To Give or Not to Give

Week two and I am still adjusting to 24 hour Spanish. To be honest it is taking longer than I thought but I am here for the long run so let me just hold on. This week was interesting had a few classes went to the beach nothing major. BTW the beach I went to with my peeps was def the beaches you see in the travel magazines and the water was PERFECT. Anyways this past weekend a few of the guys in the program went to the Monument to the heroes of the Restoration just to chill and relax. It seems to be a good spot where a lot of young people go to relax. So we are just chilling when a kid asks me for some money so he can eat. The American side of me wanted to just ignore him as I would do if it was someone in the states and I did for a little. Then I realized that it wasn’t just him, others were there as well coming up to us asking for money to eat. Before I go on let me say I guilty of thinking that why should I give my money to someone who asks for it when I need it? Even though I am a Christian and the “Christian” thing to do is to give to those in need how many people honestly take out money in an effort to help feed someone else? When we see people on the street we sometimes tend to think that “oh that person doesn’t need my money its all an act” or “they just don’t like to work or listen to their parents” which in some cases may be true but how can we know? I ask all these questions because by the time a third young boy came up to us and asked for money something different happened. Maybe it was the fact that others wore me down or it was that he sat next to us for a good ten minutes asking  us for some money so he can eat but something just seemed different. Mind you I could not have a full out conversation with him but he was trying to clean out shoes for some money and we told him we didn’t need them cleaned but he stayed near us. I asked him where his parents were and he said they were dead and it is not up to me to say if he was lying but for some reason I believed him. Call me “weak” if you want but I eventually caved and gave him the amount he was asking for, (converted to US dollars and it’s not that much). After I did it and he ran off a part of me screamed inside and began to wonder “what are you doing what if he uses it to buy drugs or something?” Again the thinking that I had developed in the states to look for the worst in people who ask for money on the street. I guess my Christian up bringing came in because another side of me was like “who am I to judge?” Truth be told we are all humans and nobody knows what their life could have been like. It could of easily been me on that street asking someone for a few dollars in order to get some food hoping that they would have a heart and help me.  I wish I had asked for the boy’s name but he has  given me a face to associate with the people who end up getting the short end of the stick.  This is not problem that is not only in developing nations because truth be told this stuff happens in the States just as much but it is often portrayed as something that happens in other places such as in Africa or Latin America.  Poverty and hunger is a global problem as long as there is greed and people, there will be those who are poor and just trying to get by. The irony that this was taking place right outside a large cultural symbol is crazy. The monument stands out in this city but like anywhere there is a darker side that you have to open your eyes to see. It happens in everywhere city where there is splendor and wealth.  Next time it happens to us let’s remember that the person asking you is another human being and the shoe could have easily been on the other foot.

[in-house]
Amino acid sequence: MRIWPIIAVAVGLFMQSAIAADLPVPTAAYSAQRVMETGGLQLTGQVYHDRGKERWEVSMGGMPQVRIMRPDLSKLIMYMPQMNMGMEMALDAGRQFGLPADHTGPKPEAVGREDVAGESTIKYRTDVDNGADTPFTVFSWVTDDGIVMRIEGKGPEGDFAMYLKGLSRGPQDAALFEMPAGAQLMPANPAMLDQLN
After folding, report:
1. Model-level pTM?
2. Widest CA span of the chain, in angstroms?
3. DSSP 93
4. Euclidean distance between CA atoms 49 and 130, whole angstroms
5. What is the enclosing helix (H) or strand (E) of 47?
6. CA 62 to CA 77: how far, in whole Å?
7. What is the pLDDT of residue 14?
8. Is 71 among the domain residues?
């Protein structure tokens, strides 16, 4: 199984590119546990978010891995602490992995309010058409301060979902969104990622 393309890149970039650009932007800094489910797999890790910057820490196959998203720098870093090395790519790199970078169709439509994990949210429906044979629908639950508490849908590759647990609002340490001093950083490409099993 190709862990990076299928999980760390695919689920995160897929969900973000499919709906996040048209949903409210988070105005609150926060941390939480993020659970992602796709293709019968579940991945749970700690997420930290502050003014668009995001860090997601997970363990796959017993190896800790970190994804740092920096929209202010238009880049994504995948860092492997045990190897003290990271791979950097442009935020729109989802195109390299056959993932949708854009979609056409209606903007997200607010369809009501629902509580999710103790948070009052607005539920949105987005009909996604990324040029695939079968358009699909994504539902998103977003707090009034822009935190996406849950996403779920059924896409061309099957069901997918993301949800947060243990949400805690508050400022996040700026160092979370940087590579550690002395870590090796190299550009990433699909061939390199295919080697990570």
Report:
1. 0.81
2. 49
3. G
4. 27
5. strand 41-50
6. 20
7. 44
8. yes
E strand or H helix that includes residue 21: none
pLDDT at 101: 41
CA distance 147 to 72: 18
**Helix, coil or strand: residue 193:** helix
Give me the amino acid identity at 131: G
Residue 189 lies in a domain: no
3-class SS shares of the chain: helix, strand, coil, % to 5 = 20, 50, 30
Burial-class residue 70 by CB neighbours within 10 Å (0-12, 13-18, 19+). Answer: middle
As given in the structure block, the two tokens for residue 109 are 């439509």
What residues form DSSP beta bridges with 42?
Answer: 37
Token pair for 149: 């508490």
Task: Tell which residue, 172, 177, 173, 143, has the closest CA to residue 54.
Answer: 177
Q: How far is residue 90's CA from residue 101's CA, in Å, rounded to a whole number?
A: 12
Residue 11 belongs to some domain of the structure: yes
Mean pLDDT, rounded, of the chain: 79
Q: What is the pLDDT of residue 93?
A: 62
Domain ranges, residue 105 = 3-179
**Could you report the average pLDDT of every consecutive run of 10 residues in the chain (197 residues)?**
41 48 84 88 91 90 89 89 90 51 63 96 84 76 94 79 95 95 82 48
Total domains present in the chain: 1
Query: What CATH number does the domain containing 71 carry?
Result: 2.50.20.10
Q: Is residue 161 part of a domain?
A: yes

Peace and Love,

Khemani

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One thought on “To Give or Not to Give

  1. The human connection you experience with that last child is important. I think it’s critical for everyone to understand the suffering experienced by people all over the world. Much of that suffering seems avoidable, if we choose to prioritize these issues. It’s difficult to understand if handing out money directly to these people is really effective to ease their suffering. And maybe these particular children are not really the ones suffering, but are adept at playing the part to solicit money. I just finished a book called Half the Sky: Turning Oppression into Opportunity for Women Worldwide. Although the focus is not solely on children, they do a good job of explaining the types of aid programs that have a long-term and sustainable benefit. Mostly grass roots programs that work within the cultural context to teach people to help themselves, and not to rely on handouts of others.

    Something to keep in mind when planning a visit to a tourist destination. If you find a way to support the effective aid programs in that area first, it might help with the feeling you experience not being able to donate to each child you see. Especially when you understand the consequences of that donation.

    PBS will air a documentary about the themes in the book in early October, if you find video learning more effective to reading.
    http://www.pbs.org/independentlens/half-the-sky/

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